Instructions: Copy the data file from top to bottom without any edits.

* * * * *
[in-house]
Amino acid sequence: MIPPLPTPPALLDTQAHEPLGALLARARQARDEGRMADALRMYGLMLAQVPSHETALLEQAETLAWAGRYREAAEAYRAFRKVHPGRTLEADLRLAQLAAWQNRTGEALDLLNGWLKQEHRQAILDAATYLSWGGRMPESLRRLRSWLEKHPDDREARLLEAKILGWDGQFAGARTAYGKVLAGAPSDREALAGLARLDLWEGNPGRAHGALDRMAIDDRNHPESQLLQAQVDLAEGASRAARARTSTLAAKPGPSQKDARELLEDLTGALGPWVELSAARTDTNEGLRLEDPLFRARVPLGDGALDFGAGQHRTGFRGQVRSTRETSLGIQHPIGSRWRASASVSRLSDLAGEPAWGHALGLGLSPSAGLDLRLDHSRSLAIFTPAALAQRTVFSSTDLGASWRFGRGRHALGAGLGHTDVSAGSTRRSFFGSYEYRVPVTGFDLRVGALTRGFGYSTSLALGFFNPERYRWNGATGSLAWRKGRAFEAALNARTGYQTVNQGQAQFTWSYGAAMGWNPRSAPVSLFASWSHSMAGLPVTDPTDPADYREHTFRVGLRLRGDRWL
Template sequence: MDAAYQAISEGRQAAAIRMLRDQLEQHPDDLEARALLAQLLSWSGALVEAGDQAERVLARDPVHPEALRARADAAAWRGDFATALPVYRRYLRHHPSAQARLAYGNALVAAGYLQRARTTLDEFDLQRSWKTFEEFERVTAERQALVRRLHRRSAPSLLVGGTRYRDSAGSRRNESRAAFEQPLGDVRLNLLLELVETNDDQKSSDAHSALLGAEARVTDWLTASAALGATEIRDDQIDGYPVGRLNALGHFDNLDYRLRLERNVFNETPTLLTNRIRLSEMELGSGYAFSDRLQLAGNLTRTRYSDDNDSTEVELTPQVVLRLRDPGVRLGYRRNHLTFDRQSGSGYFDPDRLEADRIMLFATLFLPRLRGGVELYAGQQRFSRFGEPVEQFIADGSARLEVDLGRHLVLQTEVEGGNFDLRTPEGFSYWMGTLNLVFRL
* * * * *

[in-house]
Amino acid sequence: MIPPLPTPPALLDTQAHEPLGALLARARQARDEGRMADALRMYGLMLAQVPSHETALLEQAETLAWAGRYREAAEAYRAFRKVHPGRTLEADLRLAQLAAWQNRTGEALDLLNGWLKQEHRQAILDAATYLSWGGRMPESLRRLRSWLEKHPDDREARLLEAKILGWDGQFAGARTAYGKVLAGAPSDREALAGLARLDLWEGNPGRAHGALDRMAIDDRNHPESQLLQAQVDLAEGASRAARARTSTLAAKPGPSQKDARELLEDLTGALGPWVELSAARTDTNEGLRLEDPLFRARVPLGDGALDFGAGQHRTGFRGQVRSTRETSLGIQHPIGSRWRASASVSRLSDLAGEPAWGHALGLGLSPSAGLDLRLDHSRSLAIFTPAALAQRTVFSSTDLGASWRFGRGRHALGAGLGHTDVSAGSTRRSFFGSYEYRVPVTGFDLRVGALTRGFGYSTSLALGFFNPERYRWNGATGSLAWRKGRAFEAALNARTGYQTVNQGQAQFTWSYGAAMGWNPRSAPVSLFASWSHSMAGLPVTDPTDPADYREHTFRVGLRLRGDRWL
Template sequence: MDAAYQAISEGRQAAAIRMLRDQLEQHPDDLEARALLAQLLSWSGALVEAGDQAERVLARDPVHPEALRARADAAAWRGDFATALPVYRRYLRHHPSAQARLAYGNALVAAGYLQRARTTLDEFDLQRSWKTFEEFERVTAERQALVRRLHRRSAPSLLVGGTRYRDSAGSRRNESRAAFEQPLGDVRLNLLLELVETNDDQKSSDAHSALLGAEARVTDWLTASAALGATEIRDDQIDGYPVGRLNALGHFDNLDYRLRLERNVFNETPTLLTNRIRLSEMELGSGYAFSDRLQLAGNLTRTRYSDDNDSTEVELTPQVVLRLRDPGVRLGYRRNHLTFDRQSGSGYFDPDRLEADRIMLFATLFLPRLRGGVELYAGQQRFSRFGEPVEQFIADGSARLEVDLGRHLVLQTEVEGGNFDLRTPEGFSYWMGTLNLVFRL